Masters of all ships subject to Annex VI must:
- keep records of fuel oil delivered to and used on the ship, with detailed information, on a bunker delivery note
- take and keep a sample of the fuel oil, signed by the supplier and the officer in charge of bunkering
Delivery notes must be kept on board for at least three years. The sample must be retained under the ship’s control until the fuel oil is used, or 12 months, whichever is longer.
Local suppliers of fuel oil for combustion purposes, delivered to and used on board ships, must register with the MCA.
Guidance on oil pollution and fuel oil sampling
The main international body of regulations to prevent pollution from ships is MARPOL. For more information, see the section of this guide on general requirements for pollution prevention in the marine environment. Annex I of the Convention, which is specifically aimed at preventing oil pollution, was subsequently supplemented by a separate IMO Convention on oil pollution preparedness, response and co-operation.
These Conventions have led to the development by the IMO of a manual on oil pollution, which provides practical information on preventing pollution and dealing with incidents.
The Manual can be bought from the IMO publications department. To order, call the IMO helpline on 020 7735 7611 or email email@example.com.
Every ship of 400 gross tonnes and above, other than an oil tanker, and every oil tanker of 150 gross tonnes and above, must keep and complete an Oil Record Book. It must be completed whenever any of the following operations take place in the ship:
- ballasting or cleaning of oil fuel tanks
- discharging ballast or cleaning water from oil fuel tanks
- disposing oily residues (sludge)
- discharging overboard bilge water which has accumulated in machinery spaces
Oil tankers will need to record extra operations including loading, unloading and transferring oil cargo.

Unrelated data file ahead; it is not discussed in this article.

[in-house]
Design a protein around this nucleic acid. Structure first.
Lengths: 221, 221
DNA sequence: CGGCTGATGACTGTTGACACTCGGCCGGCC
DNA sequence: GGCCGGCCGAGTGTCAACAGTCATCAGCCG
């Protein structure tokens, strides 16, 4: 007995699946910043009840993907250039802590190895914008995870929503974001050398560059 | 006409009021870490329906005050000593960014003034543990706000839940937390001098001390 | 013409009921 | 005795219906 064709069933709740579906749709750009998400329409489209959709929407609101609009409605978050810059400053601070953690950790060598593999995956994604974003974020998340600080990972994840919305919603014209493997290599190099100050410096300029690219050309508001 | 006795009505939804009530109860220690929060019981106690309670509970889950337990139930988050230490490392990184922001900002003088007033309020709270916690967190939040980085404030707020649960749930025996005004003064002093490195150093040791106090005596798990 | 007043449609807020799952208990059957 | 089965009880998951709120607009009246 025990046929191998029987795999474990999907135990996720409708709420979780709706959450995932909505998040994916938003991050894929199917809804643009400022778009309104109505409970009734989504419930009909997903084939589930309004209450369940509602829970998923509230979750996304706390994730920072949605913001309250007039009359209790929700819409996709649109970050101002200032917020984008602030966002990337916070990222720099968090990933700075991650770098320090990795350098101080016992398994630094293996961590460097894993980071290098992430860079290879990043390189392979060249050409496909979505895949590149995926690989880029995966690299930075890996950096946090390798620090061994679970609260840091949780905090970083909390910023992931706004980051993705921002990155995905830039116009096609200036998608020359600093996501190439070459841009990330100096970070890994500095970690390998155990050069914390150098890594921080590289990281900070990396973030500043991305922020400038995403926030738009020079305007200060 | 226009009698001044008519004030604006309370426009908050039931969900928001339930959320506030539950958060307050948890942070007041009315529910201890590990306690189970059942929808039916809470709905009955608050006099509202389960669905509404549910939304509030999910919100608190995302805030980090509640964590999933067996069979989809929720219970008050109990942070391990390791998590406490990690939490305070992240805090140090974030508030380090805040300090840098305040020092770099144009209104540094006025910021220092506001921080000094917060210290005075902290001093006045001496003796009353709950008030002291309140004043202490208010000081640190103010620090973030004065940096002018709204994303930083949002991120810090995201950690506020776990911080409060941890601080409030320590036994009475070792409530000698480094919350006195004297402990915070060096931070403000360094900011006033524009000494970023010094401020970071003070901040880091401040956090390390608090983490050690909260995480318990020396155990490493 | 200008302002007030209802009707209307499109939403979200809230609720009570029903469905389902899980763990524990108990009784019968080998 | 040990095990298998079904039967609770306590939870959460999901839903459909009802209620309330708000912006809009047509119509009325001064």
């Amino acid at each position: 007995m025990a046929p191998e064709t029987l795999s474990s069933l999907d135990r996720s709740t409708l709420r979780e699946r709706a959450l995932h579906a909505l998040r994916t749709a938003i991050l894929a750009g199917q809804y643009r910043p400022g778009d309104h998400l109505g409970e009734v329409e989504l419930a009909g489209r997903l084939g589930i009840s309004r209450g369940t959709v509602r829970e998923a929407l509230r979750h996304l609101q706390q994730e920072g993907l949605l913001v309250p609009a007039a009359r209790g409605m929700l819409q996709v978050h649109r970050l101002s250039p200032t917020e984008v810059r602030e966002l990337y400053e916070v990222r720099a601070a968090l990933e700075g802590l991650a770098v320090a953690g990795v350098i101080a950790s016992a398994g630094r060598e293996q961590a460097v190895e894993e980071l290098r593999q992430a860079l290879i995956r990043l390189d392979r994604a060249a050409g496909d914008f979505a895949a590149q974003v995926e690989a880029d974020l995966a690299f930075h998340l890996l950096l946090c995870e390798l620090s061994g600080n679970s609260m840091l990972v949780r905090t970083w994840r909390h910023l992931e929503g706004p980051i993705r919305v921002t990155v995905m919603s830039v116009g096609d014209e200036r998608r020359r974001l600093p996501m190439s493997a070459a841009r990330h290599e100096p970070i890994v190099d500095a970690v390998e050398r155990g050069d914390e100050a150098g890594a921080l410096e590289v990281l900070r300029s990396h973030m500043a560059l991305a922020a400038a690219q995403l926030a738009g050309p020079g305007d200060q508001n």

There are detailed construction requirements for new ships within the MARPOL annex which are particularly relevant to oil tankers but impact on other vessels as well.
The cumulative effect of relatively small-scale pollution from garbage, bilge washing and catering waste causes a range of problems, as does lost fishing gear. Some of this material does not degrade easily, and can cause injuries to marine life, as well as propeller fouling and intake blockages.
To prevent these problems, operators of fishing vessels should:
- have onboard procedures that minimise the accidental loss of fishing gear at sea
- bring garbage and debris ashore for disposal
- become involved in the port’s waste management plan and in particular raise any inadequacies with the port authorities
Inland waters in the UK are categorised into one of four groups. In outline, these are:
- narrow rivers and canals with a general depth of less than 1.5 metres
- wider rivers and canals with a general depth of over 1.5m, and significant wave heights of less than 0.6 metres
- tidal rivers and estuaries and large lakes with significant wave heights of less than 1.2 metres
- tidal rivers and estuaries with significant wave heights of less than 2.0 metres
Operators of vessels in these waters should comply with local bylaws relating to the discharge of waste water and dispose of rubbish at suitable shore facilities. Sanitation systems capable of discharging sewage must not be fitted unless they can be sealed or rendered inoperable. Sealed sanitation systems must be in accordance with the BS MA101:1986 Specification for toilet retention and re-circulation systems for the treatment of toilet waste.
Oil-tight trays must be fitted under every engine and gearbox to prevent oil leaks. No fixed bilge pump should draw from an oil-tight area.